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No oasis

Corruption has proven to be as rife in Catalonia as in the rest of the country

The Socialist Manuel Bustos resigned as mayor of Sabadell on Thursday in response to his alleged implication in a corruption network, which is the object of the so-called Mercurio case. On the same day, The Catalan nationalist mayor of Sant Hilari Sacalm was arrested for his suspected involvement in another public-private graft affair, the Pokemon case. The member of Catalonia's regional parliament and former nationalist mayor of Lloret de Mar, Xavier Crespo, has seen how his support for Russian mobsters has become public knowledge. And the case in which Jordi Pujol Ferrusola is accused of money-laundering is taking on a farcical hue with the revelation that his former lover's conversation with Catalan Popular Party leader Alicia Sánchez-Camacho was recorded with a hidden microphone, allegedly at the behest of former Catalan Socialist Party (PSC) secretary José Zaragoza.

Then there is Jordi Pujol Ferrusola's brother and the current secretary general of Convergència, Oriol Pujol, who is dogged by a possible indictment for his role in the ITV vehicle-licensing concession scheme. In the other half of the CiU nationalist bloc, some Unió officials diverted European Union funds for the creation of employment into their own party coffers. Old colleagues of Jordi Pujol Sr. — the former premier of Catalonia and father of the Pujol Ferrusola brothers — such as Maciá Alavedra and Lluís Prenafeta, remain indicted over accusations of corrupt property deals involving the former Socialist mayor of Santa Coloma.

This is merely a brief summary of current affairs in Catalonia. Corruption has become a fixture in the region, like a fine drizzle: persistent but imperceptible unless something is done to draw attention to the number of cases and bring such practices to a halt. This same affliction blights all of Spain's regions, and Catalonia is no exception.

And we are not only dealing with medium-sized scandals. The Palau case, in which 30 million euros of funds were funneled through a Barcelona auditorium and which has led to a court embargo being placed on Convergència's headquarters, is a major case of corruption, even by recent Spanish standards. The Gürtel-Bárcenas affair, which is eroding trust in the honesty of the ruling Popular Party, and the Andalusian Socialists' layoff fund scam are further examples. Unlike what Jordi Pujol and his nationalist successor, Artur Mas, would have us believe, Catalonia is sadly not an oasis in the desert that is corrupt Spain. The sheer number and weight of the cases that are coming to light fatally undermines any such argument.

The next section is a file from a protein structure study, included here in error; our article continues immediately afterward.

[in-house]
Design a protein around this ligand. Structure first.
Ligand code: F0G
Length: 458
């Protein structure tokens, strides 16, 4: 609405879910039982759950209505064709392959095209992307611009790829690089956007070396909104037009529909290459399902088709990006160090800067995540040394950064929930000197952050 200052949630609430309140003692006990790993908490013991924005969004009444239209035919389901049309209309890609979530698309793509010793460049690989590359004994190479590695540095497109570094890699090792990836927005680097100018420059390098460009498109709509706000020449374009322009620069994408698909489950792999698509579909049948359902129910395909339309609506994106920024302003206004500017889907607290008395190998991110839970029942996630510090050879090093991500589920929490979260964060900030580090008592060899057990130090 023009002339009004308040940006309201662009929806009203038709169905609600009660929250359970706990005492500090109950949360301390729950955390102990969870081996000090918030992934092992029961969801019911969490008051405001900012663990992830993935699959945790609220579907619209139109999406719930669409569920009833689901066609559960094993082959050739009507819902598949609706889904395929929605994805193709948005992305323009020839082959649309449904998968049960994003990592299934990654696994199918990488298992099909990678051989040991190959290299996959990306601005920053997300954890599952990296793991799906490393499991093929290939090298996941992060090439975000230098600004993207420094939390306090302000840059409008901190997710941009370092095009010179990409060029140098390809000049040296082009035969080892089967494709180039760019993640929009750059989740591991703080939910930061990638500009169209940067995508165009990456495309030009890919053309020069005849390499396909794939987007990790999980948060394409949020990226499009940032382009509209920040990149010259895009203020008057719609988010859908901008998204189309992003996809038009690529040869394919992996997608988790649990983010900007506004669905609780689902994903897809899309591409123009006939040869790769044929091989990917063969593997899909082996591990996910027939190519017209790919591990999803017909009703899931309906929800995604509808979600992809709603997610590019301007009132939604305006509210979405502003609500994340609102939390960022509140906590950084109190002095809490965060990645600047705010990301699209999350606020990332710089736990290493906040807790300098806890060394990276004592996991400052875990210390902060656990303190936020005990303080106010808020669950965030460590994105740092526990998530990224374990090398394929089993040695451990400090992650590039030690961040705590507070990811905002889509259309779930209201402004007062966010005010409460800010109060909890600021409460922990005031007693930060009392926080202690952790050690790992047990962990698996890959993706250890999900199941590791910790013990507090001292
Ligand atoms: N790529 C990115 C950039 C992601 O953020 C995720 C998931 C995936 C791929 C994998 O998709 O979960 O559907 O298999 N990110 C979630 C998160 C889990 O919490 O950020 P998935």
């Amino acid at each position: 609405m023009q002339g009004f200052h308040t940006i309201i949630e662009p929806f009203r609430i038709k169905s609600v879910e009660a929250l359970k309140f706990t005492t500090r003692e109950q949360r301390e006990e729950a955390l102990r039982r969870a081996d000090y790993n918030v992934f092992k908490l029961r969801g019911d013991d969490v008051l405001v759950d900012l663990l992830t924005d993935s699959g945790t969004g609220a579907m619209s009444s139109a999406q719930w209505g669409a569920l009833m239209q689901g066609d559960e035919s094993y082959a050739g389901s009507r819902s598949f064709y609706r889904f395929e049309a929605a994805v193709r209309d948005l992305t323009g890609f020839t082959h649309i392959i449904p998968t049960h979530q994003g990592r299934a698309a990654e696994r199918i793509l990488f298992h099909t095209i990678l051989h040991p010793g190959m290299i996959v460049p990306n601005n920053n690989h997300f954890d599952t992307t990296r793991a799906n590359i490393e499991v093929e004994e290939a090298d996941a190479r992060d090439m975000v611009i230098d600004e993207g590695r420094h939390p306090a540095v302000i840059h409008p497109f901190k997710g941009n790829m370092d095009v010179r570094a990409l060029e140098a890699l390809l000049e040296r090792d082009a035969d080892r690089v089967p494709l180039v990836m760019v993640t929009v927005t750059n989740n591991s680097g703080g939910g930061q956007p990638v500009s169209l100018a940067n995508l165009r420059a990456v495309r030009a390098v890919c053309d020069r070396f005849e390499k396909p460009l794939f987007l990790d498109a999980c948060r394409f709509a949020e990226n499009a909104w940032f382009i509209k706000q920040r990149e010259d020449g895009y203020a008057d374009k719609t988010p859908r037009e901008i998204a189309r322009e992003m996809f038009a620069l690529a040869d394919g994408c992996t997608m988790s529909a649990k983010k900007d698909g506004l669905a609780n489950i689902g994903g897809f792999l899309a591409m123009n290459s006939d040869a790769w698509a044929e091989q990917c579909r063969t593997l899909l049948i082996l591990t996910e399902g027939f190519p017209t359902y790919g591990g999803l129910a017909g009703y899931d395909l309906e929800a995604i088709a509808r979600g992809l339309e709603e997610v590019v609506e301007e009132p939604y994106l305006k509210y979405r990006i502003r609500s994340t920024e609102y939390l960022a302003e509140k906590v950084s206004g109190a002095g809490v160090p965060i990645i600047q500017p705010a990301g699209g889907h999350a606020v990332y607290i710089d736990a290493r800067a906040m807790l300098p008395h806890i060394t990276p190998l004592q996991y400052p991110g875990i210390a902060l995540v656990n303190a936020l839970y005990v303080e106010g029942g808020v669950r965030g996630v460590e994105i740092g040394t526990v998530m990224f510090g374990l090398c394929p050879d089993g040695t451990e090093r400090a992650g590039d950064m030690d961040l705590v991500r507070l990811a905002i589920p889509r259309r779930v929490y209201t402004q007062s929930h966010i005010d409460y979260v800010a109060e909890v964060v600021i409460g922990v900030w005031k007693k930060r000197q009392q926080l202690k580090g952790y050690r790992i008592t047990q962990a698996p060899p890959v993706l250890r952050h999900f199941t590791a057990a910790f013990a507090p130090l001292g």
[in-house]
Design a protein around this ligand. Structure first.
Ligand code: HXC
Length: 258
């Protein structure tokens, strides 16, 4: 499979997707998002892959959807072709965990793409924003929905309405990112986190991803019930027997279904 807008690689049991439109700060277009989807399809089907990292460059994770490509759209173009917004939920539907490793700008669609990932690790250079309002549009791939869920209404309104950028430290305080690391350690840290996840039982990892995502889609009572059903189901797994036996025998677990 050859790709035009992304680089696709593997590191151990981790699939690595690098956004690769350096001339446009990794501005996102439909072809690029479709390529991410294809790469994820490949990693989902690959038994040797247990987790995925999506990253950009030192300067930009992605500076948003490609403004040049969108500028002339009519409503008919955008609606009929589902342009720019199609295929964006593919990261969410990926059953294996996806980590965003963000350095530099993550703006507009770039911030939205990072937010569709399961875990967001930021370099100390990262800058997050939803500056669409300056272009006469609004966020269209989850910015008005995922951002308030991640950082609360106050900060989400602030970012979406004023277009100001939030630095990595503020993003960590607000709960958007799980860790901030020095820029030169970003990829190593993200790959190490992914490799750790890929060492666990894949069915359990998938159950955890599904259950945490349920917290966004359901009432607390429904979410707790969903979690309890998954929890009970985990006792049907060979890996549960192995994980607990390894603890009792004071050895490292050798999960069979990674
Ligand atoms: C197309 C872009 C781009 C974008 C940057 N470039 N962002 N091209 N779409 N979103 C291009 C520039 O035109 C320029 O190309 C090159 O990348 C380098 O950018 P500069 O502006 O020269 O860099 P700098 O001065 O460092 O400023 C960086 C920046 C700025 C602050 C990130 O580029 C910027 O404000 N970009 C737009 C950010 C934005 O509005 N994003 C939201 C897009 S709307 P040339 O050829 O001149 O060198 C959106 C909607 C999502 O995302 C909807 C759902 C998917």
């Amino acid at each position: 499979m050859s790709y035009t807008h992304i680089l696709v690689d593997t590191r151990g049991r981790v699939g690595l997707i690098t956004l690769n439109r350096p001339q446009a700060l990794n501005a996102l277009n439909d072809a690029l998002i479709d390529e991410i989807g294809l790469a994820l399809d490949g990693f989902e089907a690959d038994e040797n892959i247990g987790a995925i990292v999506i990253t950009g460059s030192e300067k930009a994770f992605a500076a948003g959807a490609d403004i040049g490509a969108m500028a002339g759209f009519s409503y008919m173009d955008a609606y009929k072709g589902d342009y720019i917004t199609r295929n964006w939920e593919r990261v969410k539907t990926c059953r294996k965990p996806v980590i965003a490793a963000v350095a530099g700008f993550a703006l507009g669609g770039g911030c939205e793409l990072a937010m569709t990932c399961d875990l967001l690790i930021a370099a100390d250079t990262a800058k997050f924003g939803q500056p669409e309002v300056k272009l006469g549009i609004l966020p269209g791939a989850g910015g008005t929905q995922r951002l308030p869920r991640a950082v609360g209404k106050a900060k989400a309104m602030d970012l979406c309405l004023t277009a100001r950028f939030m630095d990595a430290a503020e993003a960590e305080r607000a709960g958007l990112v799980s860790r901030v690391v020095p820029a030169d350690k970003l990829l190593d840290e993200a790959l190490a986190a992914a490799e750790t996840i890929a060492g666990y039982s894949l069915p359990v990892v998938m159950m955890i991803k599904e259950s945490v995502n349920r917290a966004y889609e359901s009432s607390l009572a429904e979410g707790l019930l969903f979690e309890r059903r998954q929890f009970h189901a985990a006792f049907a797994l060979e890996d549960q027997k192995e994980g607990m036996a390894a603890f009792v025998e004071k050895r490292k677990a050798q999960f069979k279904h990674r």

In a bid to refute this logical conclusion, the Catalan premier has made a rather pathetic show of his supposed willingness to fight against fraud, appearing in a series of photo opportunities with judges and prosecutors. Just like the pointless claim of Prime Minister Mariano Rajoy to transparency by publishing his tax returns, this is merely a publicity stunt. Only action will do. Health Minister Ana Mato remains in her post, despite the evidence that she received gifts from the Gürtel network. And Mas's team still includes Joana Ortega, who passed herself off as a graduate instead of a typist. (The German education minister recently stepped down over a similar case of deception.)

Mas and the Pujols argue that the corruption cases are being deliberately used to undermine the cause of independence, which Convergència has recently championed. Perhaps there are some who have schemed in this way. But it is hard to imagine an independent Catalonia with those leaders at the helm being any cleaner than the one they have governed now for a quarter of a century.

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